Does Flexible Working Increase Productivity? – Part One

Flexible work arrangements give you some control over when, where and how you work. The exciting news: pretty extensive research finds that workplaces that offer flexible arrangements are both more inclusive and more productive. But like all workforce management strategies, the success of policies depends on implementation. COVID has given many of a glimpse of the effectiveness of flexible working, but does the theory of increased productivity align with the practice? 

2020 gave us a unique window into what we are truly capable of when work itself works for them. As we return to work, we must ask ourselves: What should we do to continuously tap into the best of what humans can do? 

‘Flexible working’ is more than just working from home. It’s about working from wherever you need to be, whether that’s from a café with a client, a customer’s conference room or during your commute. By making the best use of technology such as audio and video-conferencing, instant messenger and mobile internet, this can be achieved while strengthening collaboration and enhancing a sense of community between colleagues – even if employees aren’t physically in the same place.

Business opportunities can be won or lost in a matter of minutes. Having employees who can work from anywhere, at any time and who aren’t tied to their desks means small businesses can be more responsive. In fact, being fleet of foot is one of the biggest advantages over larger competitors.

Getting back to basics, the option to work from home or choose work hours gives you the liberty to tailor your work schedule around your caring responsibilities and other obligations. In a survey of over 1,000 members of the Australian business, not-for-profit and government community, 22% of men and women returning to work after parental leave reported that “the availability of flexible options was important in their choice to return to work.”

Does flexible working really work in practice?

Another demographic shift in Australia and several other developing countries is the rising proportion of older workers. As our population ages and medicine and health breakthroughs advance, people are working for more years than previous generations. Economic growth, particularly in the wake of the pandemic, also increasingly relies on businesses retaining older workers as sources of expertise, experience and labour. However, On the one hand, older workers are physically capable of working longer, so they could stay in the workforce. On the other hand, they’re tempted by retirement so they can travel, spend quality time with family and friends, or pursue a favourite hobby. Flexible work arrangements such as job sharing (one job shared across two people) or phased retirement (a worker gradually decreases their work hours over several years) can give workers the best of both worlds.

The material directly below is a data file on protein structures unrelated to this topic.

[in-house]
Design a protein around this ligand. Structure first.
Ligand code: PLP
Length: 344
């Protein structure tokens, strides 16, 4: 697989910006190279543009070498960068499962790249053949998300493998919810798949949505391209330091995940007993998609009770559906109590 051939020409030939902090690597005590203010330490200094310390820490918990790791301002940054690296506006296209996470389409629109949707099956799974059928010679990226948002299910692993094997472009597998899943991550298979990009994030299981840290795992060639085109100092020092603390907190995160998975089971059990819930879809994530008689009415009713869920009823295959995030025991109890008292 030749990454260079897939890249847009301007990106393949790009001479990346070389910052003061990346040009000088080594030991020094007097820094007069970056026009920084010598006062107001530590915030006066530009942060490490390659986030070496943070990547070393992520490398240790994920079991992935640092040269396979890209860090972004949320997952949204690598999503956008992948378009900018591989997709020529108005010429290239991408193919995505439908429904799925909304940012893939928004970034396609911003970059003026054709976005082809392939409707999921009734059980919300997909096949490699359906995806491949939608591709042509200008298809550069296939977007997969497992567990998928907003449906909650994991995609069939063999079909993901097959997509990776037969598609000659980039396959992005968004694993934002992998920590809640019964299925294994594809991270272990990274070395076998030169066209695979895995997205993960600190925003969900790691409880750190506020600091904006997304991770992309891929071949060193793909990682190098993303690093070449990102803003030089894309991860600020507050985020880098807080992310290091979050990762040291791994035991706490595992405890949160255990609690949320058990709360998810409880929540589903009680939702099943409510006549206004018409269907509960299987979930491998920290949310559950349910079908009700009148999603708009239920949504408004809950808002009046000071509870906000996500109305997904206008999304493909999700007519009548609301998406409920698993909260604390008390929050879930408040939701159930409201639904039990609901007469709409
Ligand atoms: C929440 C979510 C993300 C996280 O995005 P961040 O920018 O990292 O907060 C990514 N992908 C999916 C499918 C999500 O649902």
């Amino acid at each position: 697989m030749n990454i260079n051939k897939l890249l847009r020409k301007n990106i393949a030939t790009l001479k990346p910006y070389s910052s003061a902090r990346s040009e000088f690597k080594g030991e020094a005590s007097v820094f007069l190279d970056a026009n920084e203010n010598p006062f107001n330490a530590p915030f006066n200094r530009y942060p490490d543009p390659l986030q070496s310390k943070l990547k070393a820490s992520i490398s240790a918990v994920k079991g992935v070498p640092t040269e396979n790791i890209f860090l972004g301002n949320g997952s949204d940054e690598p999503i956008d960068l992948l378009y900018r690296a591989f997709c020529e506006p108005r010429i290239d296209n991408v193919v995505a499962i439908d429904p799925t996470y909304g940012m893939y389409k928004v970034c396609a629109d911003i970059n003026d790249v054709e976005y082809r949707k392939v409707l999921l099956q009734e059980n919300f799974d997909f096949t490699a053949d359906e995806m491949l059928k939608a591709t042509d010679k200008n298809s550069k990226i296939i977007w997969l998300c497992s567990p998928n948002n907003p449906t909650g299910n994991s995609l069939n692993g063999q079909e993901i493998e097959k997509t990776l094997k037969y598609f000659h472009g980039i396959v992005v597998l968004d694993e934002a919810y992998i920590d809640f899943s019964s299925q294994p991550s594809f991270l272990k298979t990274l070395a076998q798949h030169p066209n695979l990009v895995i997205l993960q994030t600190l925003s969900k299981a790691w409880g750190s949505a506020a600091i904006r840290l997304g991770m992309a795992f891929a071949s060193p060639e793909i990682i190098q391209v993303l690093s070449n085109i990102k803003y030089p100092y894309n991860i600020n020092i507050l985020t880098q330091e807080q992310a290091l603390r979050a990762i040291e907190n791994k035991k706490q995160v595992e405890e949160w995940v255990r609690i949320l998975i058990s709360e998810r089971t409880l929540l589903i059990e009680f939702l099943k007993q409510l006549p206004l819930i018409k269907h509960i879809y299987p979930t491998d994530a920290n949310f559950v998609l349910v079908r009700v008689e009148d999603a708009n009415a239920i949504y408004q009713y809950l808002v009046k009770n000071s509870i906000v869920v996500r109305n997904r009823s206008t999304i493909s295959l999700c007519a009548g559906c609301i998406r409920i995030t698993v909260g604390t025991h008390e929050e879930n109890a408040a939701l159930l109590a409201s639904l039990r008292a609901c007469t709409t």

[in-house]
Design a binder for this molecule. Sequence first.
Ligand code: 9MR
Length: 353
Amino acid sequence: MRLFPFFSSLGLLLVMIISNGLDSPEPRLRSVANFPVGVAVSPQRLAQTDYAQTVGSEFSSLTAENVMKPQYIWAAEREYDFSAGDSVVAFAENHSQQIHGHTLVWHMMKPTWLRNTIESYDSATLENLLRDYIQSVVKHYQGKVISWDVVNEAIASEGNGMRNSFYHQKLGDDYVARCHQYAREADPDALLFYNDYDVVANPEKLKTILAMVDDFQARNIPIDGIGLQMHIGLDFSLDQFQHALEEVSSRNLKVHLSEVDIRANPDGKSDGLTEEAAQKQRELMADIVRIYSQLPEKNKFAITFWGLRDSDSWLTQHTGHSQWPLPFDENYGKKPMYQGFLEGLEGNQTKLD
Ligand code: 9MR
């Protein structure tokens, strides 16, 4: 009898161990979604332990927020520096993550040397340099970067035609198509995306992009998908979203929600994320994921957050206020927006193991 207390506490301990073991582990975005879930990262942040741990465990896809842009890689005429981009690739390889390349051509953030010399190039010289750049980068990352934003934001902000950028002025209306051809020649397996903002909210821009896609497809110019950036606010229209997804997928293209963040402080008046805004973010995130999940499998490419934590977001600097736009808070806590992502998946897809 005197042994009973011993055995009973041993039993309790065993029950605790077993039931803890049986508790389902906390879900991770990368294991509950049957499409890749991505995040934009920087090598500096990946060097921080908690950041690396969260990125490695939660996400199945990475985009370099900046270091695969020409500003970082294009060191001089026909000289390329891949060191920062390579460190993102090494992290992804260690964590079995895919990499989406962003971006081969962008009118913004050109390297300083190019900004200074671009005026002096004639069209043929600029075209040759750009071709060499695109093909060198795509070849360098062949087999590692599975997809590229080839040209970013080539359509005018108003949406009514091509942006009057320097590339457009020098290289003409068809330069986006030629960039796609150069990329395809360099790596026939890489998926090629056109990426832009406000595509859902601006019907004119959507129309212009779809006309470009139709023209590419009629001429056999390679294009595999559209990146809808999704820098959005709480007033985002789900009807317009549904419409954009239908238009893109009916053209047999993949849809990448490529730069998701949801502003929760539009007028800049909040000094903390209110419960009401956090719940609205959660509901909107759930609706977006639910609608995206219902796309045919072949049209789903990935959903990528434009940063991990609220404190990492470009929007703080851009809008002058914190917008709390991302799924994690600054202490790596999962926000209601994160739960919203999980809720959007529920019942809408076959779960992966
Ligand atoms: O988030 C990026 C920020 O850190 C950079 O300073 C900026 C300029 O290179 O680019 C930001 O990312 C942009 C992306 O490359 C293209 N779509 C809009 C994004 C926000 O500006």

But for all of us, COVID had thrust upon us the need to work from home whether we want to or not. Some have found the new paradigm challenging, but many have found the concept not only liberating but having dramatically improved their productivity. Having zero commute time (and expense), fewer distractions of colleagues’ chats, nipping out for a latte or attending interminable meetings has had the effect of dramatically increasing efficiency and output. Yes, of course, working from home can have its own distractions (hello, Facebook notification ding!), but the mere fact of self-regulating your own time and knowing that your personal output is now highly exposed has had the effect of turning home-workers into highly efficient employees, who take more pride in their work than ever before. This is a fascinating social experiment that we’ve all been placed into, and the data dump form it will take years to unpack. But the fact is home working and the flexible hours that naturally spring from it is here to stay, and the signs are it’s a positive thing for both employee, and employer, who gets the benefits of increased performance and reduced overhead costs. 

However, it should be noted that flexible work arrangements should be accompanied by clear expectations when it comes to workloads and continued communication around issues of stress and mental health. Flexible work practices have sometimes been found to conversely increase workloads and stress. This can be attributed to a number of possible reasons, such as blurred boundaries between work and home | leisure. Remote working can lead to a sense of isolation from colleagues. In Part Two, we’ll look at ways to counter that effect and remain a productive employee. 

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Does Flexible Working Increase Productivity? – Part Two